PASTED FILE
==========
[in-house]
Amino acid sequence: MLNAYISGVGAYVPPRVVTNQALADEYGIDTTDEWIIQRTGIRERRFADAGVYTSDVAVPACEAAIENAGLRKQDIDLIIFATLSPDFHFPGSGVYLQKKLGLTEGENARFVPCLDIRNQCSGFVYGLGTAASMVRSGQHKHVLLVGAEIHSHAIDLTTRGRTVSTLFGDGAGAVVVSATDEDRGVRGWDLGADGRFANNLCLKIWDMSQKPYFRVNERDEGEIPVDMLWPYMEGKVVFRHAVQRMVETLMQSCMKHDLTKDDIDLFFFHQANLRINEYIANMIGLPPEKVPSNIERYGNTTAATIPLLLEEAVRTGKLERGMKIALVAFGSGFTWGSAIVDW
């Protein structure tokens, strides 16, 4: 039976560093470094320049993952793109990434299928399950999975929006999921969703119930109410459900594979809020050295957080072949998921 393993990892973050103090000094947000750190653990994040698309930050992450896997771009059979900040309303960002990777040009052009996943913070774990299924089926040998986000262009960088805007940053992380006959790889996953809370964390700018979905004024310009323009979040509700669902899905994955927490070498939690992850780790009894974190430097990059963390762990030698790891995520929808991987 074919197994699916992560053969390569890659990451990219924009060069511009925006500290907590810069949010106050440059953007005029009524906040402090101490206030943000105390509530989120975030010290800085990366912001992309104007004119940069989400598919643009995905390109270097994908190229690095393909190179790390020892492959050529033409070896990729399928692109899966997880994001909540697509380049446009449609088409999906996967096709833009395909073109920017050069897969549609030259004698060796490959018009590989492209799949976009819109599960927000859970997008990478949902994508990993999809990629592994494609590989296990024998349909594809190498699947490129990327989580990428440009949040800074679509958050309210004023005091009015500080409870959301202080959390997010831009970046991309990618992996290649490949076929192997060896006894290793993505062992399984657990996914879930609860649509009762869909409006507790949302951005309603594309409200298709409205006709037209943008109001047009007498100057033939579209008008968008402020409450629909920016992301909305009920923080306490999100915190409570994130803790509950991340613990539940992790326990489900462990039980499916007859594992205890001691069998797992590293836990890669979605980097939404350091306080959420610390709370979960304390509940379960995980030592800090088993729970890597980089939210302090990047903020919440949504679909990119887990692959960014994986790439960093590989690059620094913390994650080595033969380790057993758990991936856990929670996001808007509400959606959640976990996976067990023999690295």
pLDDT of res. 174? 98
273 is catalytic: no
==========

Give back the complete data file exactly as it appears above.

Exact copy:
[in-house]
Amino acid sequence: MLNAYISGVGAYVPPRVVTNQALADEYGIDTTDEWIIQRTGIRERRFADAGVYTSDVAVPACEAAIENAGLRKQDIDLIIFATLSPDFHFPGSGVYLQKKLGLTEGENARFVPCLDIRNQCSGFVYGLGTAASMVRSGQHKHVLLVGAEIHSHAIDLTTRGRTVSTLFGDGAGAVVVSATDEDRGVRGWDLGADGRFANNLCLKIWDMSQKPYFRVNERDEGEIPVDMLWPYMEGKVVFRHAVQRMVETLMQSCMKHDLTKDDIDLFFFHQANLRINEYIANMIGLPPEKVPSNIERYGNTTAATIPLLLEEAVRTGKLERGMKIALVAFGSGFTWGSAIVDW
């Protein structure tokens, strides 16, 4: 039976560093470094320049993952793109990434299928399950999975929006999921969703119930109410459900594979809020050295957080072949998921 393993990892973050103090000094947000750190653990994040698309930050992450896997771009059979900040309303960002990777040009052009996943913070774990299924089926040998986000262009960088805007940053992380006959790889996953809370964390700018979905004024310009323009979040509700669902899905994955927490070498939690992850780790009894974190430097990059963390762990030698790891995520929808991987 074919197994699916992560053969390569890659990451990219924009060069511009925006500290907590810069949010106050440059953007005029009524906040402090101490206030943000105390509530989120975030010290800085990366912001992309104007004119940069989400598919643009995905390109270097994908190229690095393909190179790390020892492959050529033409070896990729399928692109899966997880994001909540697509380049446009449609088409999906996967096709833009395909073109920017050069897969549609030259004698060796490959018009590989492209799949976009819109599960927000859970997008990478949902994508990993999809990629592994494609590989296990024998349909594809190498699947490129990327989580990428440009949040800074679509958050309210004023005091009015500080409870959301202080959390997010831009970046991309990618992996290649490949076929192997060896006894290793993505062992399984657990996914879930609860649509009762869909409006507790949302951005309603594309409200298709409205006709037209943008109001047009007498100057033939579209008008968008402020409450629909920016992301909305009920923080306490999100915190409570994130803790509950991340613990539940992790326990489900462990039980499916007859594992205890001691069998797992590293836990890669979605980097939404350091306080959420610390709370979960304390509940379960995980030592800090088993729970890597980089939210302090990047903020919440949504679909990119887990692959960014994986790439960093590989690059620094913390994650080595033969380790057993758990991936856990929670996001808007509400959606959640976990996976067990023999690295």
pLDDT of res. 174? 98
273 is catalytic: no